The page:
How Did Immigrants and Immigration Fare in the 2018 Elections?
Washington, DC – Trump’s despicable closing argument was intended to mobilize Republican voters in hopes of hanging onto power. It was cynical and dangerous. But was it effective?
Sure, Trump’s toxic stew of mendacity and racial panic increased Republican turnout and helped Republicans flip a small number of Senate seats in Trump states. But there’s a larger frame to this drama: Trump’s divisive demagoguery produced a broad backlash effect that swept many Democrats to victory, defeated numerous anti-immigrant Republicans, and consolidated public support for pro-immigrant policies.
Here are some of the key factors and findings that support this view:
Trump’s effort to make 2018 a referendum on immigration mostly didn’t work.
• Trump demonized immigrants and Democrats in an effort to mobilize his voters, peel off independents and depress Democratic turnout. If it had worked, Republicans would have swept most of the Senate races in Trump states, held the House and limited damage in state and local races. Mostly, it didn’t work.
• Democrats won back the House of Representatives with their largest majority in forty years. Democrats are on track to flip between 35 and 40 House seats. Democrats won the popular vote in the House races by 9 million votes, a whopping 8% margin. Nate Silver of 538 conducted an analysis of the House popular vote, projected it onto the 2020 presidential map, and found it equates to 314 electoral votes for Democrats and 224 for the GOP.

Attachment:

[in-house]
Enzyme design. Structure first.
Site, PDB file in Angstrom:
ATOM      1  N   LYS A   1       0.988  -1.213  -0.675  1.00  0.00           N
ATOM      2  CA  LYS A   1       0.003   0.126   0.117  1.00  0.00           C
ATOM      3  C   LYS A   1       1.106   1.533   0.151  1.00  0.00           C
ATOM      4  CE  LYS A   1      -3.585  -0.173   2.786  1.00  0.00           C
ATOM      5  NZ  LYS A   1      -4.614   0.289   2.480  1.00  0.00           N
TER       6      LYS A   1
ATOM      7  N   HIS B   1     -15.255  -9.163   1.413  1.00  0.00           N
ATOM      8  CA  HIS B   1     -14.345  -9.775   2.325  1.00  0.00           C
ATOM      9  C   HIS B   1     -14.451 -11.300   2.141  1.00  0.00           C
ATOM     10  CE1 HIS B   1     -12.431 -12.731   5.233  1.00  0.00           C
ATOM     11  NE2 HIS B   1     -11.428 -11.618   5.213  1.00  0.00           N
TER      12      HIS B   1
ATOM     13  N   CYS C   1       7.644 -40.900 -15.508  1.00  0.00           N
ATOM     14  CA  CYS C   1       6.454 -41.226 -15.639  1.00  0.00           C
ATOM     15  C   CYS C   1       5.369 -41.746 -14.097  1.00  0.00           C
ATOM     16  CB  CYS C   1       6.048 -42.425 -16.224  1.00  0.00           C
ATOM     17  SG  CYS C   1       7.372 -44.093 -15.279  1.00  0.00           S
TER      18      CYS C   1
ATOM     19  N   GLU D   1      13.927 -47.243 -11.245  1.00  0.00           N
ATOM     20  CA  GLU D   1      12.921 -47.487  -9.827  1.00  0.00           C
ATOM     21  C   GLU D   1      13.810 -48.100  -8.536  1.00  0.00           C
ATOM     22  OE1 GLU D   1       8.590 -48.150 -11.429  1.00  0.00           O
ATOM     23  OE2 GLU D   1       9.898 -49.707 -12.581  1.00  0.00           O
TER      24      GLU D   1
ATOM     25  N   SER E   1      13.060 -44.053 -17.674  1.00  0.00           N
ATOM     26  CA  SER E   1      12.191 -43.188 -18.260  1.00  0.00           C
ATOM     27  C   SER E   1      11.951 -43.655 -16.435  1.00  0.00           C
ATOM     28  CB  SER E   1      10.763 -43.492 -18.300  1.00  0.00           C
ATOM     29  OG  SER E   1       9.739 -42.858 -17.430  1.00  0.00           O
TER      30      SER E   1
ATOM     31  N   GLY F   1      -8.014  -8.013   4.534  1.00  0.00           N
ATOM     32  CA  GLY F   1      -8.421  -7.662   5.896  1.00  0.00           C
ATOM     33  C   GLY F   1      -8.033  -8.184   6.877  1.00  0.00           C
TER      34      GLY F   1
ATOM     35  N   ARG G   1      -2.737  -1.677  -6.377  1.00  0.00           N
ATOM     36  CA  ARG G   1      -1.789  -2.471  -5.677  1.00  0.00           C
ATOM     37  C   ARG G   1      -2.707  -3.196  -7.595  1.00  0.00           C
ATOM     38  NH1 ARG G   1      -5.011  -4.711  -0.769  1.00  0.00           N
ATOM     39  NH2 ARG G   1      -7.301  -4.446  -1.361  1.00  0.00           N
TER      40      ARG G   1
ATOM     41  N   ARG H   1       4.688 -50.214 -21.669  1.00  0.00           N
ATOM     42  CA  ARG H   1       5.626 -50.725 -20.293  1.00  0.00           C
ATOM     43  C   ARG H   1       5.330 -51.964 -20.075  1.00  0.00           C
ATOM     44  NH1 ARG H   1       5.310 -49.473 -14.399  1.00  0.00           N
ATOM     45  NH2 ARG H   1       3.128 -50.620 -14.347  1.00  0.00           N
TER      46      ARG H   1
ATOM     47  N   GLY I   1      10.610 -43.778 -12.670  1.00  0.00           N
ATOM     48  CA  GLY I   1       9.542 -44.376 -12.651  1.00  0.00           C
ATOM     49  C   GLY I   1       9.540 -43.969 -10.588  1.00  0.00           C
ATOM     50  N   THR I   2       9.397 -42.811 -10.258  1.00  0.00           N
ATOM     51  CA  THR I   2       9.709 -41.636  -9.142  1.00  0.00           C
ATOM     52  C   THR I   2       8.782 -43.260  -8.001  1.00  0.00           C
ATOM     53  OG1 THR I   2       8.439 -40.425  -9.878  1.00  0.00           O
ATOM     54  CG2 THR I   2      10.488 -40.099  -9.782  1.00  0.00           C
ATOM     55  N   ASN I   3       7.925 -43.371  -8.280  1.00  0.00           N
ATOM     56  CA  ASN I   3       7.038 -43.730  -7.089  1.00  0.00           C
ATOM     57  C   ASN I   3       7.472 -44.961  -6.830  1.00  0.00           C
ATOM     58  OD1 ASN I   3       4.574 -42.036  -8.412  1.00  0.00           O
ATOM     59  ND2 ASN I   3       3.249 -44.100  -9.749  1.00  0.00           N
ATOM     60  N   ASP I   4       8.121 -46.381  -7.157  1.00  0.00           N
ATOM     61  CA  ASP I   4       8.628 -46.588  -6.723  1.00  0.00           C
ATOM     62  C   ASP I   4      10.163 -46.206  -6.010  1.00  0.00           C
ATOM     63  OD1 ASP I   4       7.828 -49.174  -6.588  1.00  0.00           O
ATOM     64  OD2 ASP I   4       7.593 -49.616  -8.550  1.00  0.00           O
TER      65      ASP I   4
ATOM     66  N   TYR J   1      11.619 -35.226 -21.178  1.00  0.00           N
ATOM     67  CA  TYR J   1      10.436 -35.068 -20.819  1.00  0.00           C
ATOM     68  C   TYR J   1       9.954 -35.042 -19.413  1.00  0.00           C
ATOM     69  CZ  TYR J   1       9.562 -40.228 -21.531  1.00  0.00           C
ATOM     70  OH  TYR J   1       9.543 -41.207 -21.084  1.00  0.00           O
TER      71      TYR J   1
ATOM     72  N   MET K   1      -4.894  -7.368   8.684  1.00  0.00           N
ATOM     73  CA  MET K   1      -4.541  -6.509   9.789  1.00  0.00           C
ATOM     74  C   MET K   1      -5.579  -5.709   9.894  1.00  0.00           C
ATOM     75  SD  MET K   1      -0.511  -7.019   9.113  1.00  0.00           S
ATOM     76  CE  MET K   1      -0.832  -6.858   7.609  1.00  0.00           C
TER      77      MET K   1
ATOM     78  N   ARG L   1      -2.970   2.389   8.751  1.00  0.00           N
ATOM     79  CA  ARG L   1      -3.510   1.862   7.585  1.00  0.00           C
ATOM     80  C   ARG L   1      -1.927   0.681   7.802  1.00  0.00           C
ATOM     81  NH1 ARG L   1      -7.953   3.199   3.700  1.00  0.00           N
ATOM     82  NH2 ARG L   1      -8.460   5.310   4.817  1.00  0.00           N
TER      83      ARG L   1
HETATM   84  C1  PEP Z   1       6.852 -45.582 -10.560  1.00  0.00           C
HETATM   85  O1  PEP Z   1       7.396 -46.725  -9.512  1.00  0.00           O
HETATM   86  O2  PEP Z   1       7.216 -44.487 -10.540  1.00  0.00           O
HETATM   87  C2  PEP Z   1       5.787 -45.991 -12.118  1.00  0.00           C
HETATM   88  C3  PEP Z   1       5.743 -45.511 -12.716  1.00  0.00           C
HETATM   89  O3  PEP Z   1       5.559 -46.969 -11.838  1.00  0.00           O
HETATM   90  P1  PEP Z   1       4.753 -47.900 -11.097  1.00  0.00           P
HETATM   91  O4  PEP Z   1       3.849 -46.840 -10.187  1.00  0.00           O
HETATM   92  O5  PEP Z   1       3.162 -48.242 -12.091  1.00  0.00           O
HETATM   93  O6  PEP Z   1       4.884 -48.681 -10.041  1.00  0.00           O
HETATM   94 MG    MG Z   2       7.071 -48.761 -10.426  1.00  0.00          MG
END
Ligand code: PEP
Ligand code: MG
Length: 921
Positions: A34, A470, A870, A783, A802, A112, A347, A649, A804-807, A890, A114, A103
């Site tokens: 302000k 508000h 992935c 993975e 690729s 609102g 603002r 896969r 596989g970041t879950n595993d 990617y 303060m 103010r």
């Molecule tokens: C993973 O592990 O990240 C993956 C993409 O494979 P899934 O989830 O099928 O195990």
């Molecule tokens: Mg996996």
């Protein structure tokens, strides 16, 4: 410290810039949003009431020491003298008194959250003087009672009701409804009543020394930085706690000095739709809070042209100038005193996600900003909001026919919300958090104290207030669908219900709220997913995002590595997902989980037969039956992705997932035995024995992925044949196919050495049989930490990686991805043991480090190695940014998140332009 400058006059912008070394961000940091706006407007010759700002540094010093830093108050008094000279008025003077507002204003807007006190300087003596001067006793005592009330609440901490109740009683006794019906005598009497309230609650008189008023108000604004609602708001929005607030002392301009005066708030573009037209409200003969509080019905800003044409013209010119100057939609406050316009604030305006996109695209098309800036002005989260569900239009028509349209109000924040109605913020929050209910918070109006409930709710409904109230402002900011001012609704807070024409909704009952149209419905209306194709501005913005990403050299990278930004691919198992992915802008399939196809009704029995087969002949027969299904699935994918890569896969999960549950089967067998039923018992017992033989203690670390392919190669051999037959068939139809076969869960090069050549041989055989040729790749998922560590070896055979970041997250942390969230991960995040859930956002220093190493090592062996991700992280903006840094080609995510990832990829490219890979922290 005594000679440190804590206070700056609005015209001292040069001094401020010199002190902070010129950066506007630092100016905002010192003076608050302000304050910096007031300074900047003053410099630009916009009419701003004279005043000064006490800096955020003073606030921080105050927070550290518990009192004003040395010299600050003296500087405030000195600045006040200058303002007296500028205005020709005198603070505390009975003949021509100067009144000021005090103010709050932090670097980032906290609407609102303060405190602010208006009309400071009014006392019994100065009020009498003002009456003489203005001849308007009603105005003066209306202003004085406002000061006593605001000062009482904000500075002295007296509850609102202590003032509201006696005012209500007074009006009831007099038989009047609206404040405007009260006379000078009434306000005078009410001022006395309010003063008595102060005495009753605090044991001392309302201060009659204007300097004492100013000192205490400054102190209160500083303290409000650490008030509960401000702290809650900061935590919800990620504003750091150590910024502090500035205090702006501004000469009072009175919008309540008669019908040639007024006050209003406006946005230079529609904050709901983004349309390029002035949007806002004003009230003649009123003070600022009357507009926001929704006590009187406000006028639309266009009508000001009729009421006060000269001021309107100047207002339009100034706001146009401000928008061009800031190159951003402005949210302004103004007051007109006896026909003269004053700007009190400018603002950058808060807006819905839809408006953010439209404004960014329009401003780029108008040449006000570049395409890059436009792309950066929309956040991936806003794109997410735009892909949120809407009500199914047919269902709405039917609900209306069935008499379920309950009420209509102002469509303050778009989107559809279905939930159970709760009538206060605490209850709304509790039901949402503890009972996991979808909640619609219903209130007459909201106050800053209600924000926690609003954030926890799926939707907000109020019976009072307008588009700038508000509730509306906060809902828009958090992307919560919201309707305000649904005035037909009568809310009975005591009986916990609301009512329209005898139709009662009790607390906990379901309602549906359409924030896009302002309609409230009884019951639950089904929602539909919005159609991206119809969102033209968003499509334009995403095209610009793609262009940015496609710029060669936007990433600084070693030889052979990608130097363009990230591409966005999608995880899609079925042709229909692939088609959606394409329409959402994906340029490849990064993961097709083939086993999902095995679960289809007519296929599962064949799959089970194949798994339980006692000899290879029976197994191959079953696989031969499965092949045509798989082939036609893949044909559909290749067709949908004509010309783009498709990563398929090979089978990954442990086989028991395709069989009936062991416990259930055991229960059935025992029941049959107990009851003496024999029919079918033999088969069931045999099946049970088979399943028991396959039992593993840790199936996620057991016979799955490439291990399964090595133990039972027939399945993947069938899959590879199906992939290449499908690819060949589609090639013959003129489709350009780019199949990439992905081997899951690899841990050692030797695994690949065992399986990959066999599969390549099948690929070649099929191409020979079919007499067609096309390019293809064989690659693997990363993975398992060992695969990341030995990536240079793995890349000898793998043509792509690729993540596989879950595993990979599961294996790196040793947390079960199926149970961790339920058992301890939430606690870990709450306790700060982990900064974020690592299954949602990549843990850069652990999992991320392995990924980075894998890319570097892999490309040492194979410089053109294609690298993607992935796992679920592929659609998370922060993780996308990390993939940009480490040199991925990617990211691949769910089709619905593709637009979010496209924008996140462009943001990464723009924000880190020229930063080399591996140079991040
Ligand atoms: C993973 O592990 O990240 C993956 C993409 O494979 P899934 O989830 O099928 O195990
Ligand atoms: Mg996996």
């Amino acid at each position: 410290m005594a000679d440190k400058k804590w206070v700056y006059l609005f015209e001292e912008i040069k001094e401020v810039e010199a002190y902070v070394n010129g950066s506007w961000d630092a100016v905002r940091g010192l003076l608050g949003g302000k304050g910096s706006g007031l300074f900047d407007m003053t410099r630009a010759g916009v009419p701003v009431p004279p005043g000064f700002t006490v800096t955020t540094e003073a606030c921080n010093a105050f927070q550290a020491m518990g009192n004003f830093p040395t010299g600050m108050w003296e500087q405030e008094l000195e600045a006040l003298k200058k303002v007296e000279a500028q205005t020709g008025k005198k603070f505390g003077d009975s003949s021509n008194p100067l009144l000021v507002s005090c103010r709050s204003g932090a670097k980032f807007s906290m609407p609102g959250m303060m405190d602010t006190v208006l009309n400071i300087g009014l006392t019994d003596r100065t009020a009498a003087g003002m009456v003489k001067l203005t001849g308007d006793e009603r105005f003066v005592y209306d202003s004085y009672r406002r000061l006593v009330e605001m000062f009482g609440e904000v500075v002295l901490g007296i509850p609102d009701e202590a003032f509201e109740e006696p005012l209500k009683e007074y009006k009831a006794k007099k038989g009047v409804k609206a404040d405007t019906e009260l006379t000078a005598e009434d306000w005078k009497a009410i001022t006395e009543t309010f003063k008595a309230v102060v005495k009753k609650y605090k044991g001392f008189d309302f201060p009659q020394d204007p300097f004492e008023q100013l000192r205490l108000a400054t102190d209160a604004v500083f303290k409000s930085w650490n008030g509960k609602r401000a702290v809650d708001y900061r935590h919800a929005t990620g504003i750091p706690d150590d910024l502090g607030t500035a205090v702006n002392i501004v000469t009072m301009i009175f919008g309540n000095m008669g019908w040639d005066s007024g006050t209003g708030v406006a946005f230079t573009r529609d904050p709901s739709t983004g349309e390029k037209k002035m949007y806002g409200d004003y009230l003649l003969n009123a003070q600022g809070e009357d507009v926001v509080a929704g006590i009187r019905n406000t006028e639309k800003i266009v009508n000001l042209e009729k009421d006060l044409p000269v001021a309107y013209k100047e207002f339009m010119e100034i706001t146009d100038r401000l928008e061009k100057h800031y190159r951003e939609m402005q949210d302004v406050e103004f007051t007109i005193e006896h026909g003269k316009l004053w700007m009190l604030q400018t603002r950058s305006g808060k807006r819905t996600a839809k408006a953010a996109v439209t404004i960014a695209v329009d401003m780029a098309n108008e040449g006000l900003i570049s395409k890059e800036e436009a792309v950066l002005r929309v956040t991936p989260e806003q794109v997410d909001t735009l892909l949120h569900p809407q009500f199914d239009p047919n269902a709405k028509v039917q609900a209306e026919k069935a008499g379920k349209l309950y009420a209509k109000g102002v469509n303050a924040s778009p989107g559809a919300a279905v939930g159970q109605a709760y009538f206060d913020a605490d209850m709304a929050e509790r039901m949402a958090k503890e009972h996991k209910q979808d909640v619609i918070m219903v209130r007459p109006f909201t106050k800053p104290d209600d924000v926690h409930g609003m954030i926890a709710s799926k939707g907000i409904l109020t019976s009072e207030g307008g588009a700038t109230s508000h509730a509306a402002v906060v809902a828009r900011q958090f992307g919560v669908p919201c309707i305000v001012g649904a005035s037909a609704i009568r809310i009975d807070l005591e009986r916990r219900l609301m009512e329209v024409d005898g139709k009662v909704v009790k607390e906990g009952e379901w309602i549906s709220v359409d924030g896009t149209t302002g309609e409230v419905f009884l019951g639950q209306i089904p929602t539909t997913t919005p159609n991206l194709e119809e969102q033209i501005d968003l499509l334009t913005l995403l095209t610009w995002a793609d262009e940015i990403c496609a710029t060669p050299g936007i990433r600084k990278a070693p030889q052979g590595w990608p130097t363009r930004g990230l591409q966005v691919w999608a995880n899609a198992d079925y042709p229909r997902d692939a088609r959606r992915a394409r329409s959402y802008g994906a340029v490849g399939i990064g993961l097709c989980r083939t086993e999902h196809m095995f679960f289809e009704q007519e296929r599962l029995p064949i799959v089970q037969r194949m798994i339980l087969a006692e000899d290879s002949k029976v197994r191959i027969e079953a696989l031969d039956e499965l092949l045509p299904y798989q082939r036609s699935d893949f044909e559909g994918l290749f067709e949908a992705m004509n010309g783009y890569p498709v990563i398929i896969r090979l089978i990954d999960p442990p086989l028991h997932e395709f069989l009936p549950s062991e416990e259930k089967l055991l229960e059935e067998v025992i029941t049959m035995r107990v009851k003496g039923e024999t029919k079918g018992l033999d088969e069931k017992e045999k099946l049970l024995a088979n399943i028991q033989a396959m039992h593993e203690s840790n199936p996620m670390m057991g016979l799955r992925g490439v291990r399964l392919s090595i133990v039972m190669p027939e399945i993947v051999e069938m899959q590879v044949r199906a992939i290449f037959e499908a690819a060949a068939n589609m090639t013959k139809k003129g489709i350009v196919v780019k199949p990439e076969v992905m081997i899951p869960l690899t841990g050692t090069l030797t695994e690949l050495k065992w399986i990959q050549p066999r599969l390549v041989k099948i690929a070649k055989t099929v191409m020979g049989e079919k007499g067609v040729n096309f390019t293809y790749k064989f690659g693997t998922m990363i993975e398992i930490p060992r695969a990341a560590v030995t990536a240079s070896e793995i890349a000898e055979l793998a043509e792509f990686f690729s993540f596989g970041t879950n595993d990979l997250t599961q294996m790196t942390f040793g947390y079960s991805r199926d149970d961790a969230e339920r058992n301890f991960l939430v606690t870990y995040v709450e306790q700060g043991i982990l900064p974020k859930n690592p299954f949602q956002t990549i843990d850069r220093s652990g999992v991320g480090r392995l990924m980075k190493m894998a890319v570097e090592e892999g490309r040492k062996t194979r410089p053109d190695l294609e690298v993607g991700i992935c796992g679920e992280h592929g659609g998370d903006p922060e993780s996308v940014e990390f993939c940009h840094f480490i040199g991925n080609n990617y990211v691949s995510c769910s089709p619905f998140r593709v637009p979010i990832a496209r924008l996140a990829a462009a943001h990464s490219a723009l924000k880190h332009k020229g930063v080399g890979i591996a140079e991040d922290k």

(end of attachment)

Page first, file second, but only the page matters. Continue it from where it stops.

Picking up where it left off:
• Democrats flipped at least seven governors’ mansions, and won three governorships in “blue wall” states that Trump won in 2016 (Michigan, Wisconsin and Pennsylvania).
• Democrats won back majorities in at least seven state legislative chambers; and Democrats flipped more than 330 state legislative seats.
• In the Senate, Democrats hung on in five Trump states: Ohio, Pennsylvania, West Virginia Wisconsin, and Montana; flipped Nevada; have a shot at flipping Arizona and Florida, depending on final tallies; and lost in Indiana, North Dakota, and Missouri.
Xenophobia backfired on numerous anti-immigrant Republican candidates.
• Kris Kobach, a leading architect of the nativist movement in America, ran for governor of ruby red Kansas and lost by nearly 5%.
• Lou Barletta, a former Mayor of Hazleton who rose to prominence as a fierce anti-immigrant hawk, ran for Senator in Pennsylvania with the support of Trump and was crushed by 14%.
• Corey Stewart ran for the Senate in Virginia as an anti-immigrant firebrand and lost by 15%.
• In House races, a long list of anti-immigrant Republicans, all of whom aired racist and xenophobic ads, went down to defeat: Barbara Comstock (VA-10); Dave Brat (VA-07); Kevin Yoder (KS-03); Pete Sessions (TX-32); John Faso (NY-19); Claudia Tenney (NY-22); Rod Blum (IA-01); John Chrin (PA-08); Lea Marquez Peterson (AZ-02); Christopher Peters (IA-03); Jason Lewis (MN-02); Manny Santos (CT-05); Eddie Edwards (NH-01); Wendy Rogers (AZ-01); Rudy Peters (CA-15); Lena Epstein (MI-11); Dana Rohrabacher (CA-48); Danny Tarkanian (NV-03); John McCann (NJ-05); Jay Webber (NJ-11); Katie Arrington (SC-01); and John Culberson (TX-07). Hardliner Steve King in Iowa-04 survived in a very conservative district by a hair.
• In Gubernatorial races, the following leaned on xenophobia in their campaigns and lost: Adam Laxalt (NV); Walker Stapleton (CO); Bill Schuette (MI); Jeff Johnson (MN); Scott Walker (WI); Scott Wagner (PA).
• Nativism was directly on the ballot in Oregon. Measure 105, the anti-sanctuary ballot initiative backed by the nativist group FAIR, went down to defeat by a margin of 63-37%.
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